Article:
CHONGQING, April 23 (Xinhua) -- Booklovers have been flocking to the top of a mountain in southwest China's Chongqing City, not for the breathtaking views, but to read.
On World Reading Day, which fell Monday, Nbooks Club started a two-day "spring fair" on the top of remote Nanshan Mountain in Nan'an District. The fair include books sales, reading salons, handicrafts exhibition, flowers, food and drink.
"I like this bookstore. It has a different feeling reading here, which is much better than traditional libraries or bookshops," said Tang Lingrong, who took her 10-year-old son to the bookstore Sunday. "There are spectacular views of Nanshan Mountain, coffee and a cosy sofa, creating a very comfortable environment for reading, which attracted me to come. I guess that's the secret of it's success--it's in such a remote place."
Nbooks Club opened in May 2016 by a young couple. The 700-square-meter bookstore receives many customers on both workdays and weekends, and the guesthouses run by the bookstore are always fully booked.
One year after it opened, Cheng Yusi, Che Yun and their team built a new shop near the old one, equipped with a theater, and hall for holding ceremonies, an art gallery, restaurant and rooms for parties.
Beside the success of their business, the bookshop has injected new life into the neglected mountain community. Inspired by the bookshop, several cultural enterprises followed suit and set up businesses on the mountain, which has now been developed into a cultural landmark in the district.
"Our popular culture attracts many young people, but based on its own history and culture Nanshan Mountain expects more visitors to boost the local economy," Che said, adding that cultural activities usually attracted whole families, rather than individual customers.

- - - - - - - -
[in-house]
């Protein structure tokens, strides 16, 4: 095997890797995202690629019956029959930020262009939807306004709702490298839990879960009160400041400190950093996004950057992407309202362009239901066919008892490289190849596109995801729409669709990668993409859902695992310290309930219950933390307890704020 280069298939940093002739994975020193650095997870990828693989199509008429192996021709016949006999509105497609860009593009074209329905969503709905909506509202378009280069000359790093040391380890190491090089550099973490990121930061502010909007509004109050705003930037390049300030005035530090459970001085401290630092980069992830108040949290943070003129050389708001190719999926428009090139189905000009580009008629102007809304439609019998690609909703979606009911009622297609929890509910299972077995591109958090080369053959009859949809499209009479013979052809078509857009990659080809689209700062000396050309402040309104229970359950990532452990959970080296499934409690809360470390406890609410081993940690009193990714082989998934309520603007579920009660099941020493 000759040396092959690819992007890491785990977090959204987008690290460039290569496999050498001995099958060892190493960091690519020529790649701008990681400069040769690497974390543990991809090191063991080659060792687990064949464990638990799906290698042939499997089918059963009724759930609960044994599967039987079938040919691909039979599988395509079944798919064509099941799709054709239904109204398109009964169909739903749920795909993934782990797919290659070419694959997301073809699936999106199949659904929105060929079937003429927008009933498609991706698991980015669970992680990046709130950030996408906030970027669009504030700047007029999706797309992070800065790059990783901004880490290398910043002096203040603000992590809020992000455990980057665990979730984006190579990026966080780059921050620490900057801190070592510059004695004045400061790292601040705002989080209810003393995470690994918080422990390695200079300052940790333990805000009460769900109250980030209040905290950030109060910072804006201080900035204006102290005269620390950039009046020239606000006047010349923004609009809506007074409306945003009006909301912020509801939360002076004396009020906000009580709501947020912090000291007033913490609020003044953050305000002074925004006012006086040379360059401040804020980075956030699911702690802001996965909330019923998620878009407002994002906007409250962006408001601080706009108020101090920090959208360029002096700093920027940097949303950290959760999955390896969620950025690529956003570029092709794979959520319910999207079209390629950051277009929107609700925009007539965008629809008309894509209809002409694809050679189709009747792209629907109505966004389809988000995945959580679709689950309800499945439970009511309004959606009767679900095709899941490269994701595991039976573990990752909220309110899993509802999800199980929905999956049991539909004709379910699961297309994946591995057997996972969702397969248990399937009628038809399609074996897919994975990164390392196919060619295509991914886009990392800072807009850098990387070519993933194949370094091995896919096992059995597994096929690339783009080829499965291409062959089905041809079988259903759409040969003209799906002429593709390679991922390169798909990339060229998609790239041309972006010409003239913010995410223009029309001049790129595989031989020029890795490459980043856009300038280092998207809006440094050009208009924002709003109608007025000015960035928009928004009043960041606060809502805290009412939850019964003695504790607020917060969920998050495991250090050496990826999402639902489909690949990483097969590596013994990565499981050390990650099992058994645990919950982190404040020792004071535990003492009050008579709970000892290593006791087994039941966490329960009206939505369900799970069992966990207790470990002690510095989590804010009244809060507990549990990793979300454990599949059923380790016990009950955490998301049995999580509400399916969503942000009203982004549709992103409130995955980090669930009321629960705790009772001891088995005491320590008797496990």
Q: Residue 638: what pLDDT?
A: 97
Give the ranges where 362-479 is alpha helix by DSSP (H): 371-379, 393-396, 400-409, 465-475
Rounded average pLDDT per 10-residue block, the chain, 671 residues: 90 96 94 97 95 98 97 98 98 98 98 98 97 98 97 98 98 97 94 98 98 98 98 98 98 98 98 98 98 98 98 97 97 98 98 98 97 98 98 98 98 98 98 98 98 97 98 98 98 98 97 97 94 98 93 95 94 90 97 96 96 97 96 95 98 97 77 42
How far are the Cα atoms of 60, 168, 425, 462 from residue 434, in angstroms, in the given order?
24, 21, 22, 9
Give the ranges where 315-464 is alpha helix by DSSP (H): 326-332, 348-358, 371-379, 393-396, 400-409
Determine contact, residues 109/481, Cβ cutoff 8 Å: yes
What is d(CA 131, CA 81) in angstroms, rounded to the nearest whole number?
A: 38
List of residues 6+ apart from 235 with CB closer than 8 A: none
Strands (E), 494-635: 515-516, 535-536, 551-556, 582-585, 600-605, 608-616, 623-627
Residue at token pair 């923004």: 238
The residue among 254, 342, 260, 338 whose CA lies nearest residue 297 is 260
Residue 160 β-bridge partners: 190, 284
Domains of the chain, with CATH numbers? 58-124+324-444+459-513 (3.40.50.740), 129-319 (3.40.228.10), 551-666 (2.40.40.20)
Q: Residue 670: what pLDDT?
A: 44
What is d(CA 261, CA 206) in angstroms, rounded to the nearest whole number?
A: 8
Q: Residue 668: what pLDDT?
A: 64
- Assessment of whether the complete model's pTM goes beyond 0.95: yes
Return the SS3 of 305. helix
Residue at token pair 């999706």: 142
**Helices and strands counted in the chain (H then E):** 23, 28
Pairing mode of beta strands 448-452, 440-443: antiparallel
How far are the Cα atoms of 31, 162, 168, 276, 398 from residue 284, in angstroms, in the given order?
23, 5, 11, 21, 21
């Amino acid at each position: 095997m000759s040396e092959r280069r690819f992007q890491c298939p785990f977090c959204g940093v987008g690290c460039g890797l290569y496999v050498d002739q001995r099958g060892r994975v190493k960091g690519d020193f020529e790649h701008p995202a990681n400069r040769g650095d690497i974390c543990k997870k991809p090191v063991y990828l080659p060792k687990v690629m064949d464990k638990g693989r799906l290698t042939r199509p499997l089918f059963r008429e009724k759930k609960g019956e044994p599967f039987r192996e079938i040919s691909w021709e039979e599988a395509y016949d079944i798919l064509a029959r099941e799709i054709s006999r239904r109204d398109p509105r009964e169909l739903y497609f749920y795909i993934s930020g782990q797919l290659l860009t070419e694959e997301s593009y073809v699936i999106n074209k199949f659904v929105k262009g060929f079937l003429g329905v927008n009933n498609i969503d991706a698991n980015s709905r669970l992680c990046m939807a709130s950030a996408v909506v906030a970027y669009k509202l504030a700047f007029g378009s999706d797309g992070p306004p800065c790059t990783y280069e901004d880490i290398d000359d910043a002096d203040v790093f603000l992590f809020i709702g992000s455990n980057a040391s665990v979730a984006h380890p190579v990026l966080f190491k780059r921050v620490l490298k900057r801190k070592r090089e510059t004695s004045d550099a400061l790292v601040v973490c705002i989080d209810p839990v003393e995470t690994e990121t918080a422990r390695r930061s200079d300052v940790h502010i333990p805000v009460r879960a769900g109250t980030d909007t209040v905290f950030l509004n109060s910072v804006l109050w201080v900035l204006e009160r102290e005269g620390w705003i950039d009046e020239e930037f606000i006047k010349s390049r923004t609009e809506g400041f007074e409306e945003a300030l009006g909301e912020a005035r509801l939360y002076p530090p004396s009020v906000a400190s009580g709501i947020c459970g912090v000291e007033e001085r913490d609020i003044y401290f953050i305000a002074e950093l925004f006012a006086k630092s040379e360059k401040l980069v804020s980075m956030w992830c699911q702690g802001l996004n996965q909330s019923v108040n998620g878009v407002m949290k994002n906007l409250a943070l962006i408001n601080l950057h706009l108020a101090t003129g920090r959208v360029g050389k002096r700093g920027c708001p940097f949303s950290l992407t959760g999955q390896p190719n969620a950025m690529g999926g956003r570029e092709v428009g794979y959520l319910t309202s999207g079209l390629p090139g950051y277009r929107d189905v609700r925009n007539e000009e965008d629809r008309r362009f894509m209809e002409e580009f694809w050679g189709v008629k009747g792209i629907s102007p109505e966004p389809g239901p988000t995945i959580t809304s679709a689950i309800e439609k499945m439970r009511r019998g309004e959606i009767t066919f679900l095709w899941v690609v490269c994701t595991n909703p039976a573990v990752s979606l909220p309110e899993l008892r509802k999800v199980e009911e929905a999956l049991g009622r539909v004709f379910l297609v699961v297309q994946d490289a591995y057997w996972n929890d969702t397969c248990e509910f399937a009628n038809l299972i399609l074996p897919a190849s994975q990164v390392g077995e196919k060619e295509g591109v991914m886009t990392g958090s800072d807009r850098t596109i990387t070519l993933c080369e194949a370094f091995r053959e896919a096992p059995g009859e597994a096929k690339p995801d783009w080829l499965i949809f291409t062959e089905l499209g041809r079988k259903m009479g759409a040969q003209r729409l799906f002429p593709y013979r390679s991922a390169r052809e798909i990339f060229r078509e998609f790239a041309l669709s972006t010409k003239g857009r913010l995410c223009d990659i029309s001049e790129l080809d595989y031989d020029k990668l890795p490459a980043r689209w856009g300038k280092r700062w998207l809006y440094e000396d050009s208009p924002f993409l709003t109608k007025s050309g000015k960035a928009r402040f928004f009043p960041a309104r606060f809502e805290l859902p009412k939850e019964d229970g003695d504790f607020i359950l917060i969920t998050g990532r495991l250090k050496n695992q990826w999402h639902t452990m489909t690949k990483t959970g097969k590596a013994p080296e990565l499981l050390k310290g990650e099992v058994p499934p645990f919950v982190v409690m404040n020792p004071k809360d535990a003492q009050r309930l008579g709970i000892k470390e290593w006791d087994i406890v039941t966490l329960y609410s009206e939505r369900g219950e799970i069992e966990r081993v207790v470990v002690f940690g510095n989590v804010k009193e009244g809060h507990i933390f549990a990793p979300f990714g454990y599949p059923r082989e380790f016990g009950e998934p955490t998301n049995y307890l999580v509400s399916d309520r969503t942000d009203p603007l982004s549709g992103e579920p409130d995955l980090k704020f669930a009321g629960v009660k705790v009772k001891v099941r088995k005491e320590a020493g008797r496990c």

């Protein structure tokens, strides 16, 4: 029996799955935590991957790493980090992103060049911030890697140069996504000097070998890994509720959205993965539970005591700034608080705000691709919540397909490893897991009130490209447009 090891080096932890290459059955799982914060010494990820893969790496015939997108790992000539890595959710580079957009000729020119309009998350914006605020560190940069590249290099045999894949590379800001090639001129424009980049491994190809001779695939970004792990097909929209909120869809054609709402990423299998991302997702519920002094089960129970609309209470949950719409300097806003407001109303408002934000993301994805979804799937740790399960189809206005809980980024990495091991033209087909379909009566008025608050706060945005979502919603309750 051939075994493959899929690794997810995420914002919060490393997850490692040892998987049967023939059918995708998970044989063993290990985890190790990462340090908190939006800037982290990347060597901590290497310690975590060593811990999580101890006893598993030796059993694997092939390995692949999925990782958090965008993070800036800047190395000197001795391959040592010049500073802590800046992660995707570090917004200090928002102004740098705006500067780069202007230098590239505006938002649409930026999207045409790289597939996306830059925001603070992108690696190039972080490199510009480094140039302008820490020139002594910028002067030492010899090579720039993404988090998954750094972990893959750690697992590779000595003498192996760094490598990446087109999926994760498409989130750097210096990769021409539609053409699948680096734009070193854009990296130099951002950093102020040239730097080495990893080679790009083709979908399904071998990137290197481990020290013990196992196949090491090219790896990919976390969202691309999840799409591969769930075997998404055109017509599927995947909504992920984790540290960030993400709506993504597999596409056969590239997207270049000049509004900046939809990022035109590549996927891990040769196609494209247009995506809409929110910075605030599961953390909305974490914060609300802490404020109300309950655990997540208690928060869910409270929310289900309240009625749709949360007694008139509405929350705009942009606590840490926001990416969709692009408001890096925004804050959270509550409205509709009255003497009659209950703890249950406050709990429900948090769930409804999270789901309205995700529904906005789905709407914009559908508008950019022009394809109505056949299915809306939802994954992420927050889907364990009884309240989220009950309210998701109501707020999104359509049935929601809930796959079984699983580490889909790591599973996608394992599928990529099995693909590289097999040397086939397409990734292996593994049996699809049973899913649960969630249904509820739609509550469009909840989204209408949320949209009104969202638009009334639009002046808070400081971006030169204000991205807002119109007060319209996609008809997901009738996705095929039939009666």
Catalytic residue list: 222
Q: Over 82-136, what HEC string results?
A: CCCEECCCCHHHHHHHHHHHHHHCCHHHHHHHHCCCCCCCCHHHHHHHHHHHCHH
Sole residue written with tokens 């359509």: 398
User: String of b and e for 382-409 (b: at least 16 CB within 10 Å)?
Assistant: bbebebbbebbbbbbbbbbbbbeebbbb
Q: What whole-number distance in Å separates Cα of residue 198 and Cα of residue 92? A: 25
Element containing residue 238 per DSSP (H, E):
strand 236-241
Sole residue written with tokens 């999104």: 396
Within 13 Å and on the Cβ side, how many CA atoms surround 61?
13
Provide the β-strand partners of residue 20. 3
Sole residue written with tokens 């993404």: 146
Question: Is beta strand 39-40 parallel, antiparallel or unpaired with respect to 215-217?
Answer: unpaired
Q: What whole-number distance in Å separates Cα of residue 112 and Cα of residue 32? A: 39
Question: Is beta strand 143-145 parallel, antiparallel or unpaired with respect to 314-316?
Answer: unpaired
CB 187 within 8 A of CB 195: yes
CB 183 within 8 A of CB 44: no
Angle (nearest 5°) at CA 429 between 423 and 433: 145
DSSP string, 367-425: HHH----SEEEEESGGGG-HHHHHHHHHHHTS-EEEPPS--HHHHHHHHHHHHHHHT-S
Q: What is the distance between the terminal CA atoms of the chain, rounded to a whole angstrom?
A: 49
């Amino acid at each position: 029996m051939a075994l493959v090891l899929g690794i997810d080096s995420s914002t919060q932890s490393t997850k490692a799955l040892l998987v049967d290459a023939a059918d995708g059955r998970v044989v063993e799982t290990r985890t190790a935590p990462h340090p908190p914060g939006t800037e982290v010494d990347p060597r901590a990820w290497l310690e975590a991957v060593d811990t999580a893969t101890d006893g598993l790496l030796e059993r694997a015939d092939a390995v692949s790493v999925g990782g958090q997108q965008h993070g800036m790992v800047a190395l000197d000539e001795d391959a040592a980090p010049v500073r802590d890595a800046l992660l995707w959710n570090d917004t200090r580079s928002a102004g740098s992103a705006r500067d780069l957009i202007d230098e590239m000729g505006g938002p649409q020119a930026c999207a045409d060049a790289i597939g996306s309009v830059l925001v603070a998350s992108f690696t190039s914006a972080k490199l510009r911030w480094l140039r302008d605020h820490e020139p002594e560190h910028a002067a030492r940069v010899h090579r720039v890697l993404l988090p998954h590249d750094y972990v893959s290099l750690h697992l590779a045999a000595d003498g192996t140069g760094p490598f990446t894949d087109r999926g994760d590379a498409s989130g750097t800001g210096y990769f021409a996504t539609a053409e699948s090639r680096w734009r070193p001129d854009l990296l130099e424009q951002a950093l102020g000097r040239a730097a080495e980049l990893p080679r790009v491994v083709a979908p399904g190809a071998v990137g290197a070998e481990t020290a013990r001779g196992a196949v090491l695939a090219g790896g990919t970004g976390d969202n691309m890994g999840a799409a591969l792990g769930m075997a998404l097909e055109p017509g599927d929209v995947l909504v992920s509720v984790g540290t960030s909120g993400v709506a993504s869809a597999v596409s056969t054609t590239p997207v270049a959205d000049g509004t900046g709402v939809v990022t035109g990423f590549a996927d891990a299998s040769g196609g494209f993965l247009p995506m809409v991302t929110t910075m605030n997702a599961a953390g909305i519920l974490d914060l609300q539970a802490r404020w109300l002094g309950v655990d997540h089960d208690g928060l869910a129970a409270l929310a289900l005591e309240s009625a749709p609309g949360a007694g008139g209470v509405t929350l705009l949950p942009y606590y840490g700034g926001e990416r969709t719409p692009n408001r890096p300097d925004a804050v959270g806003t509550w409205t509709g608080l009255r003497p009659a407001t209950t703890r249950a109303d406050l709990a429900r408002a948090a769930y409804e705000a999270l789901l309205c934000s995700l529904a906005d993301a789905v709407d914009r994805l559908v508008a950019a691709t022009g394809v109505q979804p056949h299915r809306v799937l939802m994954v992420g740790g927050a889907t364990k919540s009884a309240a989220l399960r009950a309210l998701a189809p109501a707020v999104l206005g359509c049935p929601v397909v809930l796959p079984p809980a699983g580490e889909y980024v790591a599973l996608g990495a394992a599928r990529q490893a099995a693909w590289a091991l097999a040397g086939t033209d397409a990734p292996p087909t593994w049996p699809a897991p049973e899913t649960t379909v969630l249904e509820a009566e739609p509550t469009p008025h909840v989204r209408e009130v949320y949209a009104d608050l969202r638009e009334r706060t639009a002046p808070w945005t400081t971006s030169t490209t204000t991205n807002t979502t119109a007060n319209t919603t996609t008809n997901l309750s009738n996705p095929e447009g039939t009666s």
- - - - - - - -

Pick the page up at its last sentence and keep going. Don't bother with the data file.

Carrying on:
The local government has also provided support for the development of the bookshop, which awarded a bonus to the bookshop and introduced publishers for cooperation.
"Many entrepreneurs want to learn from our successful experience, and we are willing to share with them. We hope our success will invigorate more people to join us in the cultural and creative industry," Che said.
To inspire reading, the local government has also encouraged its public library to open private reading areas in recent years.
The district public library has cooperated with around 10 cafes, private bookshops, tea houses and a Tai Chi club, setting up more than 150 mini libraries in local villages.
"It is a win-win project as the public library sees more readers, private enterprises benefit from rent concessions and tax reductions, while a more accessible reading environment is developed for our residents," said Zhang Xiaogeng, who is in charge of the Nan'an District public library.